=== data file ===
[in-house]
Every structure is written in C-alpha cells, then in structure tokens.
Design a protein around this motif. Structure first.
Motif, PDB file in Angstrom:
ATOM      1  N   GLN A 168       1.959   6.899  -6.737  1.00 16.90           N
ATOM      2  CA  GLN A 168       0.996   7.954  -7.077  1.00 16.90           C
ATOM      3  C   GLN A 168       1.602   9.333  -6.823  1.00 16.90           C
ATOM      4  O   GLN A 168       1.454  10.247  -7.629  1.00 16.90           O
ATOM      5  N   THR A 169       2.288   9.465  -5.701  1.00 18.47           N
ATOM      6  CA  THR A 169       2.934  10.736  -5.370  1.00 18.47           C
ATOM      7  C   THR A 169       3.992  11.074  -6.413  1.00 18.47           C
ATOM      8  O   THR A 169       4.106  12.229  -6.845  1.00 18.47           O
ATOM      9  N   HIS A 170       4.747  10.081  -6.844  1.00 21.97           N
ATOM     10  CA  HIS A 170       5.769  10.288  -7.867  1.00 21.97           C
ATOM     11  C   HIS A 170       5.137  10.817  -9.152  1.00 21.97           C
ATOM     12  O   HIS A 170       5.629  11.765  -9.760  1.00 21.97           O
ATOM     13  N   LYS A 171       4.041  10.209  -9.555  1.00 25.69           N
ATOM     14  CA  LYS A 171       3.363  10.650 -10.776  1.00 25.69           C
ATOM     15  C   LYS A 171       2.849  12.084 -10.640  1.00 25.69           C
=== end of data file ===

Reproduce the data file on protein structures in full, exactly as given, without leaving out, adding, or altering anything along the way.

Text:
[in-house]
Every structure is written in C-alpha cells, then in structure tokens.
Design a protein around this motif. Structure first.
Motif, PDB file in Angstrom:
ATOM      1  N   GLN A 168       1.959   6.899  -6.737  1.00 16.90           N
ATOM      2  CA  GLN A 168       0.996   7.954  -7.077  1.00 16.90           C
ATOM      3  C   GLN A 168       1.602   9.333  -6.823  1.00 16.90           C
ATOM      4  O   GLN A 168       1.454  10.247  -7.629  1.00 16.90           O
ATOM      5  N   THR A 169       2.288   9.465  -5.701  1.00 18.47           N
ATOM      6  CA  THR A 169       2.934  10.736  -5.370  1.00 18.47           C
ATOM      7  C   THR A 169       3.992  11.074  -6.413  1.00 18.47           C
ATOM      8  O   THR A 169       4.106  12.229  -6.845  1.00 18.47           O
ATOM      9  N   HIS A 170       4.747  10.081  -6.844  1.00 21.97           N
ATOM     10  CA  HIS A 170       5.769  10.288  -7.867  1.00 21.97           C
ATOM     11  C   HIS A 170       5.137  10.817  -9.152  1.00 21.97           C
ATOM     12  O   HIS A 170       5.629  11.765  -9.760  1.00 21.97           O
ATOM     13  N   LYS A 171       4.041  10.209  -9.555  1.00 25.69           N
ATOM     14  CA  LYS A 171       3.363  10.650 -10.776  1.00 25.69           C
ATOM     15  C   LYS A 171       2.849  12.084 -10.640  1.00 25.69           C